to the contrary, the fact that Montilla was not going to receive a
    portion of the proceeds does not discredit the jury's finding. It
    certainly does not create the requisite "reasonable probability"
    that he would be acquitted upon retrial.
    C. Montilla's location during the transaction. Next
    Montilla argues that Calder¢n's and Zorilla's testimony about his
    whereabouts during both the negotiation and the exchange
    significantly changes the picture presented by the trial evidence.
    Because this argument directly implicates the basis for the jury's
    decision, we will consider testimony involving Montilla's location
    in detail.
    At the trial and the evidentiary hearing, the court heard
    a substantial amount of evidence regarding Montilla's position at
    the moment of the actual transaction. The government's witnesses
    all agreed that Montilla was standing in front of the workshop.
    First, Agent Rodriguez stated that he saw Montilla being arrested
    "in front of the [auto] repair shop" near a blue van. Next, the
    informant noted that Montilla witnessed the transaction outside
    next to the shop door, close to the same van. Finally, Agent
    Carrasquillo testified that Calder¢n, Zorilla and Montilla came out
    of the shop together, and, when Calder¢n approached the car with
    the drugs, Montilla was standing just to the left of the entrance
    to the workshop.
    While the government's witnesses consistently insisted
    that Montilla observed the deal, Montilla's witnesses contradict
    one another. At trial, Montilla produced both Angel Morla
    ("Morla"), who was the owner of the auto repair shop, and Louis
    Alfonseca ("Alfonseca"), who was visiting with Morla and Montilla.
    Alfonseca claimed that when Montilla "went out[side] to smoke a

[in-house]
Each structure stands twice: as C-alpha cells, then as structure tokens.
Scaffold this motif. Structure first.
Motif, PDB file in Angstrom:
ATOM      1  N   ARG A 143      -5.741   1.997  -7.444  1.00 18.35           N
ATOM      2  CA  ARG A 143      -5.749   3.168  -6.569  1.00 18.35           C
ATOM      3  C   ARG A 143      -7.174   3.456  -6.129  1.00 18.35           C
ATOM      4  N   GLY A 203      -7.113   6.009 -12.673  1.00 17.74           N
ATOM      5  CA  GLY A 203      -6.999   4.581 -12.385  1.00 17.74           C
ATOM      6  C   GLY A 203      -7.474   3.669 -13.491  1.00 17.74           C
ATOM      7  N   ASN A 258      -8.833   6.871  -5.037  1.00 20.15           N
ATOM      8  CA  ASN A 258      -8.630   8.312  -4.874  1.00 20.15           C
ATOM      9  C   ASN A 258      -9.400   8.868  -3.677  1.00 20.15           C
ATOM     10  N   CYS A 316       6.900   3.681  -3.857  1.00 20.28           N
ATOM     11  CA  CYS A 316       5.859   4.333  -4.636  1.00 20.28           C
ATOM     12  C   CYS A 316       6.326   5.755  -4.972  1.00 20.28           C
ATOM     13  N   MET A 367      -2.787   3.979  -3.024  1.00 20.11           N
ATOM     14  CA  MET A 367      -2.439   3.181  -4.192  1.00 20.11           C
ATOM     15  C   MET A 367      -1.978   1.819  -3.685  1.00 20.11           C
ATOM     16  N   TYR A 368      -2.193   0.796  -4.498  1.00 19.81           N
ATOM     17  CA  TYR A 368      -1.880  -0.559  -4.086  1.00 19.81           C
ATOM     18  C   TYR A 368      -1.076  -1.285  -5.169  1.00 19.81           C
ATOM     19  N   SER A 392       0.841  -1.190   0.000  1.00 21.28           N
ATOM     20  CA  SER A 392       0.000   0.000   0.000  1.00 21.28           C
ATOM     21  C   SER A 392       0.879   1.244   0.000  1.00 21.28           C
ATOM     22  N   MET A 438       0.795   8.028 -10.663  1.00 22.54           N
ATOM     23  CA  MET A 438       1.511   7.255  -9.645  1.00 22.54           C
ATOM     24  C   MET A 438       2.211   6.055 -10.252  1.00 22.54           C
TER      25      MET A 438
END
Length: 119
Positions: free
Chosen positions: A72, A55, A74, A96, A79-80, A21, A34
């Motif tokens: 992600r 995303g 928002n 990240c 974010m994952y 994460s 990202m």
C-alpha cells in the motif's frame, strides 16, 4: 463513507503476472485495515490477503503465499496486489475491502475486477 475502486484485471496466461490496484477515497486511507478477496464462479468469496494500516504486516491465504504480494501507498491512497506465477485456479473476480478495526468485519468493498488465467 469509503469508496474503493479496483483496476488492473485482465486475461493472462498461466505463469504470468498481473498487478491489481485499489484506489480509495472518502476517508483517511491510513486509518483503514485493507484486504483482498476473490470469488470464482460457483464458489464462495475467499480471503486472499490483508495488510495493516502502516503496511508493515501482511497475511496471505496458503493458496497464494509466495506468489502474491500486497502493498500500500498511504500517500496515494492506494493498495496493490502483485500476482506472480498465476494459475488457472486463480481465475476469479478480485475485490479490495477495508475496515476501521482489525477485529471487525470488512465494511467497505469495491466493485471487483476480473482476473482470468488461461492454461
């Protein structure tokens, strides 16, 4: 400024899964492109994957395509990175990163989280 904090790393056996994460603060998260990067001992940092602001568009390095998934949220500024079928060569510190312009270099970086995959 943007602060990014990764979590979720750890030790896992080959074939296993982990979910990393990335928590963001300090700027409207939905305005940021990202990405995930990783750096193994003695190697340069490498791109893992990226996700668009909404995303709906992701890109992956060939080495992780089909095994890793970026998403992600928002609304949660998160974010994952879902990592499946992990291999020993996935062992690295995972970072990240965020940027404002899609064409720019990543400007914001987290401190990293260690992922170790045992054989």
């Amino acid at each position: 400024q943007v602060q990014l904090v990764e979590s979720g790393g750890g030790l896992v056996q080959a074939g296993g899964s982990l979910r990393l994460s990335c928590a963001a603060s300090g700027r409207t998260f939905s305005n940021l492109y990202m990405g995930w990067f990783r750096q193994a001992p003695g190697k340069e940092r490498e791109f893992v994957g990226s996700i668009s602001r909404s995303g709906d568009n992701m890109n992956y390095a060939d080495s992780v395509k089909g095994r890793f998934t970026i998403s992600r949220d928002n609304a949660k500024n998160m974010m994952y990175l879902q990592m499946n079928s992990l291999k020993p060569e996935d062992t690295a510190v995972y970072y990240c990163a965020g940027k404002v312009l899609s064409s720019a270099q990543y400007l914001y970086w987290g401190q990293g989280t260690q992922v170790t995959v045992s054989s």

cigarette," the federal agents rushed in. Similarly, Morla alleged
    that just before the arrests were made, Montilla went outside for
    a cigarette and a soft drink. Later in his testimony Morla
    suggested that Montilla was arrested under a car outside in front
    of the nightclub adjoining the auto shop, and not in the shop
    itself. Hence, both these witnesses placed Montilla outside the
    shop at the time of the arrests.
    On the other hand, Calder¢n and Zorilla both place
    Montilla somewhere inside the shop. At the evidentiary hearing
    Calder¢n testified that at the time of the arrests he saw Montilla
    being pulled from underneath the car he was working on in the shop.
    Zorilla claimed to have seen Montilla being brought from the back
    of the shop.
    In short, then, Calder¢n's and Zorilla's statements do
    not furnish new evidence supporting Montilla's defense. Instead,
    they provide an entirely different version of the events. All
    witnesses at trial agreed that Montilla was somewhere outside the
    shop. The government's theory was that he was standing by the
    entrance to the workshop acting as a lookout. Montilla's defense
    at the time was that he was having a cigarette or was under a car
    in front of the adjoining nightclub. Now Montilla claims he was
    inside the shop either under a car or in the back. This
    inconsistency regarding the central aspect of his defense
    substantially weakens Montilla's assertion that he is likely to be
    acquitted upon retrial.
    As for whether Montilla was involved in the initial
    negotiations, there is a direct contradiction between the
    informant's testimony and that of Calder¢n and Zorilla. The
    confidential informant testified that Montilla was present during